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Thread: Saftey - the high risk of a mid-air collision - 8/10/2019

  1. #1
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    Saftey - the high risk of a mid-air collision - 8/10/2019

    There is an extremely high risk of a mid-air collision at choke points along the Mendos.

    Due to the terrain, the lines of lift often run in narrow corridors along mountain ridges. Back in the early 1990's, Robert "Bob" Seamans developed and published a procedure for the White-Inyo Mountain range on the east side of the Owens Valley. See a PDF of that procedure here:
    http://www.pacificsoaring.org/docume...re-alpha-c.pdf That procedure comes to mind when I fly from Williams.

    I believe flights along the Mendos present an even greater risk than did the Whites. Two common choke points worth mentioning, especially for tomorrow's flights (Saturday, 8/10 2019) are:

    • From St John turnpoint (TP) to Alder Springs TP
    • From Yolla Peak TP to and past the T-15 TP


    The forecast for tomorrow indicates the lift will be in an especially narrow corridor. The corridors between those points are the strongest lines of lift, the highest potential for clouds, and the width of those corridors are approximately between two and three miles wide.

    If you are flying on the Mendocino Mountains (the Mendos) and you know there are other gliders flying also flying from Williams on that same day, then you should religiously broadcast your position while on high speed runs traveling along the Mendos. I use the format of "Call sign, location (the prominent TP that I am near), Altitude (rounded to nearest 500 ft), and direction of flight.

    Example - "Glider 88, St John, 10,000 ft, northbound"

    very short! very informative!

    A couple of obvious statements:
    • gliders coming directly at each other on a collision course are EXTREMELY difficult to see (even on a clear day)
    • most gliders are equipped with FLARM (anti-collision device)
    • FLARM is not totally reliable due to:
    • There are blind spots that FLARM does not see
    • FLARM sometimes malfunctions
    • you may not always hear the warning (especially cruising at high speed, loud radio, loud vario)
    • you may not always see the warning (sun glare on the display screen)


    • (some) glider pilots often violate the FAA Rules of cloud clearances
    • even if both pilots are in compliance with cloud clearance Rules, you still may not see the other glider due to camouflage effect ( a white glider with a white cloud background)


    Flying at an altitude of 11,000 feet, with an indicated airspeed of 70 knots (80 MPH), then adding 10 MPH for correction of air density makes it a speed of 90 MPH for each ship, thus the collision speed is double 90, which is 180 MPH, or a nominal closure speed between the two ships of 264 feet per second ( and you will require about 5 seconds to avoid the crash (1 to interpret what you see, 1 second to decide your action, 3 seconds to alter your flight path or a total of 5 seconds (264 x 5 = 1320) - a quarter of a mile before the crash)).

    If you are the pilot in one of the two ships that are on a collision course, each traveling towards each other at 90 MPH, then...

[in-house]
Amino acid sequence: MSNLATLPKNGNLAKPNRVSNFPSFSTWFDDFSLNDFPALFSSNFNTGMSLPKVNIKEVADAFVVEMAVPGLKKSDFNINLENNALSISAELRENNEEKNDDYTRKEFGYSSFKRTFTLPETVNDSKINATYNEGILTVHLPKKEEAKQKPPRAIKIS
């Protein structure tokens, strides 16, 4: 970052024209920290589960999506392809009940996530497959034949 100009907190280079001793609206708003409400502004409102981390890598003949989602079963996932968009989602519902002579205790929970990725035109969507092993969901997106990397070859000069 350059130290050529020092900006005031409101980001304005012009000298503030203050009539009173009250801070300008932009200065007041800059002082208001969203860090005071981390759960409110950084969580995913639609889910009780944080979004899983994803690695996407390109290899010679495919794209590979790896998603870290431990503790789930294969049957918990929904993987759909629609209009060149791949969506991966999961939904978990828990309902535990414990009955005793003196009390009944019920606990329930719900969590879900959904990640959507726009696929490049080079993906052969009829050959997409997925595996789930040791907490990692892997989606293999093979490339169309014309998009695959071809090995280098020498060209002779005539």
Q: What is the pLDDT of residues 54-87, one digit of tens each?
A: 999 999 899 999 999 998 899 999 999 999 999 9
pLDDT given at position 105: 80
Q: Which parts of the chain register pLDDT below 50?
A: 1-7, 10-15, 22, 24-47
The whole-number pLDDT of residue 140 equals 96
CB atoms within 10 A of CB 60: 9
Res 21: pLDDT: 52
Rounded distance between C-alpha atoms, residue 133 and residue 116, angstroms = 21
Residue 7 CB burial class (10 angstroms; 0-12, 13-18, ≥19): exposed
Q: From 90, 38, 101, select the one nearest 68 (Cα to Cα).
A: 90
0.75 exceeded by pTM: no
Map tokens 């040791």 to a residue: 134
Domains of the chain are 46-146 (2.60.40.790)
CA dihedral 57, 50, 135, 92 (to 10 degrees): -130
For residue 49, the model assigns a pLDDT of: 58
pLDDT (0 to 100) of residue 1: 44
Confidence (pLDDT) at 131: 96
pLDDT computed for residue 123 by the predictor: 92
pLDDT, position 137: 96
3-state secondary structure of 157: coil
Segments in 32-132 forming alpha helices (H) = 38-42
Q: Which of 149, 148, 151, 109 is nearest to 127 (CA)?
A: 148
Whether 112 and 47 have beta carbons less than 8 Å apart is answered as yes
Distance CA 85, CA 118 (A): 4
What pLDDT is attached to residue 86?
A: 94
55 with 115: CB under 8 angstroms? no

- you have 60 seconds before the crash, when still 3 miles apart
    - you have 20 seconds before the crash, when still 1 mile apart
    - you have 10 seconds before the crash, when still a half mile apart
    - 5 seconds before the crash, it's a done deal...


    Fly safely
    Peter Kelly

  2. #2
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    Re: Saftey - the high risk of a mid-air collision - 8/10/2019

    Excellent points! The risk seems remote until it happens to you. I will announce positions.

  3. #3
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    Re: Saftey - the high risk of a mid-air collision - 8/10/2019

    RASP for tomorrow has been updated.
    I have captured and abbreviated the convergence line display.

    The three mile wide corridor that most pilots will be flying from St John, to Alder, to Yolla, to T-15 is now more narrow than ever. Cloud base will be less than 10,000 ft along most of that corridor, and high speed travel will be easy to do. Be careful out there.

    Click image for larger version. 

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    Peter Kelly

  4. #4
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    Re: Saftey - the high risk of a mid-air collision - 8/10/2019

    Thanks Peter for the reminder about the high risk of collision. Of course there is nothing more effective than functional powerflarm to avoid mid airs.
    On many days we have a narrow area to fly as Peter described, although today is not a good example. The forecast for today is for clouds anywhere from the coast to the Sierras, so a perfect day to fly elsewhere. There is no need to stick to a narrow convergence line like in many other days. Fly the valley, or across the valley, there is no need to congregate along the crest where the working band will be much smaller than further away.
    My glider is at Truckee so I am not flying today. I will be visiting clearlake so come fly over my head and make me jealous.

    Ramy

  5. #5
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    Re: Saftey - the high risk of a mid-air collision - 8/10/2019

    Key and Ramy,

    Thanks for adding emphasis to this threat to our safe flying. We all just need to remind ourselves of these hazards, and do what we can to mitigate the threat.

    Yes, the fcst has fizzled out, so today is not a good practical example, but there are many days when the actual fcst does evolve as I had described and as it was programmed to do, based on last nights RASP.
    Peter Kelly

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